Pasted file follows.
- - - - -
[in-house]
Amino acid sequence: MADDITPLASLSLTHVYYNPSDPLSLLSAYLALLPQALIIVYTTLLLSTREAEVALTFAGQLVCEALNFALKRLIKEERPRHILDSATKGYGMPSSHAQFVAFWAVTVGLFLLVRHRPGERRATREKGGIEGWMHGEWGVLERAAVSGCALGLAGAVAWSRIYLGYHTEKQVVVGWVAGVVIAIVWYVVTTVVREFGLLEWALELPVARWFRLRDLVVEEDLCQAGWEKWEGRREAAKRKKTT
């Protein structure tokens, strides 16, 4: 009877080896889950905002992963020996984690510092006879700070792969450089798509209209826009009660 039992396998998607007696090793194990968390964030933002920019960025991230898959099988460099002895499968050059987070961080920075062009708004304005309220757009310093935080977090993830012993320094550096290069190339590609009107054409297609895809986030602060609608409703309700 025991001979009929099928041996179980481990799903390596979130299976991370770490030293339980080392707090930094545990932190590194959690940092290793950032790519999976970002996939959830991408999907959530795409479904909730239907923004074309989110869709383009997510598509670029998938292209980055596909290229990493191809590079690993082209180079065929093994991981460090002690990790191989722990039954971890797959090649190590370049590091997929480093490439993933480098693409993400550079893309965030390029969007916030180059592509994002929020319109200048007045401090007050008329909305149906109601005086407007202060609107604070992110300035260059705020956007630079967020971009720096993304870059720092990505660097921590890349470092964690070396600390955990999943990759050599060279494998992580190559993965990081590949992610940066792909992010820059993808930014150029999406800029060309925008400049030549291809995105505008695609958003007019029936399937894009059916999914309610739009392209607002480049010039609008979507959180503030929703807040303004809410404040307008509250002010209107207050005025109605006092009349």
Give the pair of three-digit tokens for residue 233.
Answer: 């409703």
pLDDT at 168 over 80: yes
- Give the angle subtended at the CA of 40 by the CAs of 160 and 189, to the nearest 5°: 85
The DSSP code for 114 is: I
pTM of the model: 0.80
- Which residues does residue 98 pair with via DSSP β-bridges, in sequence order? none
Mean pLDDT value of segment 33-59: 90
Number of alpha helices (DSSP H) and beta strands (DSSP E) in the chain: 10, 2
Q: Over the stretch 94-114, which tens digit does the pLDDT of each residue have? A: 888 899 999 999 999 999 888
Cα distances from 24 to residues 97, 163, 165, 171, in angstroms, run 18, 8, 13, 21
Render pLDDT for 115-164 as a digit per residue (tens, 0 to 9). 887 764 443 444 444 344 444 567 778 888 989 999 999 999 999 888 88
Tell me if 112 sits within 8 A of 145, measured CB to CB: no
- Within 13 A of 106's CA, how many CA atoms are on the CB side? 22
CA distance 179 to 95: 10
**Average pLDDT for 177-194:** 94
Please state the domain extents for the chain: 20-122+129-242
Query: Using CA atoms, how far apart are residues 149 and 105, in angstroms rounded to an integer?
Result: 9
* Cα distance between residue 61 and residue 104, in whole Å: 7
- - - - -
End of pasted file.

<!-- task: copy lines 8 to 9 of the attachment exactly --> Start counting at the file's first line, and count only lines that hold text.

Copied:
The DSSP code for 114 is: I
pTM of the model: 0.80